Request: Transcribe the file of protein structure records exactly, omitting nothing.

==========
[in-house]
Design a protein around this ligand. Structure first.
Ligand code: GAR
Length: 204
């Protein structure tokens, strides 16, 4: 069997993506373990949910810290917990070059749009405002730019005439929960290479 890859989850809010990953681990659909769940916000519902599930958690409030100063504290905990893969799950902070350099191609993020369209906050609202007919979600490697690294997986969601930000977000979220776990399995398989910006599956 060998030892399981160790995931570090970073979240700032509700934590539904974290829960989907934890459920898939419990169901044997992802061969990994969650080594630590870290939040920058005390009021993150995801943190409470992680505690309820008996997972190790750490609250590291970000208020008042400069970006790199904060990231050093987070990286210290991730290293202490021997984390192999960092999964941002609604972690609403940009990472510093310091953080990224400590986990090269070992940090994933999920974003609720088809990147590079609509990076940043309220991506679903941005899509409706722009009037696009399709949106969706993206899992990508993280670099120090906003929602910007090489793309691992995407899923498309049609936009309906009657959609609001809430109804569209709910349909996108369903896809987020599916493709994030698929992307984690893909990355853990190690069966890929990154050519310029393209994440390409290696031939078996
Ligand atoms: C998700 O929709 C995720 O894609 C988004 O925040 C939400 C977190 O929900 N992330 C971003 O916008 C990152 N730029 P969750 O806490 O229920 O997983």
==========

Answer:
[in-house]
Design a protein around this ligand. Structure first.
Ligand code: GAR
Length: 204
């Protein structure tokens, strides 16, 4: 069997993506373990949910810290917990070059749009405002730019005439929960290479 890859989850809010990953681990659909769940916000519902599930958690409030100063504290905990893969799950902070350099191609993020369209906050609202007919979600490697690294997986969601930000977000979220776990399995398989910006599956 060998030892399981160790995931570090970073979240700032509700934590539904974290829960989907934890459920898939419990169901044997992802061969990994969650080594630590870290939040920058005390009021993150995801943190409470992680505690309820008996997972190790750490609250590291970000208020008042400069970006790199904060990231050093987070990286210290991730290293202490021997984390192999960092999964941002609604972690609403940009990472510093310091953080990224400590986990090269070992940090994933999920974003609720088809990147590079609509990076940043309220991506679903941005899509409706722009009037696009399709949106969706993206899992990508993280670099120090906003929602910007090489793309691992995407899923498309049609936009309906009657959609609001809430109804569209709910349909996108369903896809987020599916493709994030698929992307984690893909990355853990190690069966890929990154050519310029393209994440390409290696031939078996
Ligand atoms: C998700 O929709 C995720 O894609 C988004 O925040 C939400 C977190 O929900 N992330 C971003 O916008 C990152 N730029 P969750 O806490 O229920 O997983």